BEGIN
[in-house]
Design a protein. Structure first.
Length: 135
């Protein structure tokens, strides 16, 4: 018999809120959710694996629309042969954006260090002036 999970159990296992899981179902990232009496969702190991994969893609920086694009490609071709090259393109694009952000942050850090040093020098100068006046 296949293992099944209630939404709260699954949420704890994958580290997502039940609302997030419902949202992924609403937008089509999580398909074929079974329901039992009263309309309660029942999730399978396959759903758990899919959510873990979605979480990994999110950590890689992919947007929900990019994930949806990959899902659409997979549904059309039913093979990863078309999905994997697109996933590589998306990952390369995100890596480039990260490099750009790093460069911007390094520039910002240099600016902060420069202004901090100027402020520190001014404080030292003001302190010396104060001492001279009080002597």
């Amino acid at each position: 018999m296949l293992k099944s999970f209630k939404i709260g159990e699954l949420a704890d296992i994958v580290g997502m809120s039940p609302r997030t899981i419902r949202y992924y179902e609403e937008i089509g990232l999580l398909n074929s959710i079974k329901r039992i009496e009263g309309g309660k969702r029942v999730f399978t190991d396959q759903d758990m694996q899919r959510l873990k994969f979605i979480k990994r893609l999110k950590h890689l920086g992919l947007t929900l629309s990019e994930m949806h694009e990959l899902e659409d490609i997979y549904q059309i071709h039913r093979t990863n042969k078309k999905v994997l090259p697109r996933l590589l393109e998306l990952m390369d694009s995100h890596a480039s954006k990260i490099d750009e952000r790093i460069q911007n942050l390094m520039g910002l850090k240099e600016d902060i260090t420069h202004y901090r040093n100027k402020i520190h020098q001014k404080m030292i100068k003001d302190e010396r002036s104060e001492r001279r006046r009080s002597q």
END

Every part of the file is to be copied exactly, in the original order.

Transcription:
[in-house]
Design a protein. Structure first.
Length: 135
């Protein structure tokens, strides 16, 4: 018999809120959710694996629309042969954006260090002036 999970159990296992899981179902990232009496969702190991994969893609920086694009490609071709090259393109694009952000942050850090040093020098100068006046 296949293992099944209630939404709260699954949420704890994958580290997502039940609302997030419902949202992924609403937008089509999580398909074929079974329901039992009263309309309660029942999730399978396959759903758990899919959510873990979605979480990994999110950590890689992919947007929900990019994930949806990959899902659409997979549904059309039913093979990863078309999905994997697109996933590589998306990952390369995100890596480039990260490099750009790093460069911007390094520039910002240099600016902060420069202004901090100027402020520190001014404080030292003001302190010396104060001492001279009080002597």
């Amino acid at each position: 018999m296949l293992k099944s999970f209630k939404i709260g159990e699954l949420a704890d296992i994958v580290g997502m809120s039940p609302r997030t899981i419902r949202y992924y179902e609403e937008i089509g990232l999580l398909n074929s959710i079974k329901r039992i009496e009263g309309g309660k969702r029942v999730f399978t190991d396959q759903d758990m694996q899919r959510l873990k994969f979605i979480k990994r893609l999110k950590h890689l920086g992919l947007t929900l629309s990019e994930m949806h694009e990959l899902e659409d490609i997979y549904q059309i071709h039913r093979t990863n042969k078309k999905v994997l090259p697109r996933l590589l393109e998306l990952m390369d694009s995100h890596a480039s954006k990260i490099d750009e952000r790093i460069q911007n942050l390094m520039g910002l850090k240099e600016d902060i260090t420069h202004y901090r040093n100027k402020i520190h020098q001014k404080m030292i100068k003001d302190e010396r002036s104060e001492r001279r006046r009080s002597q």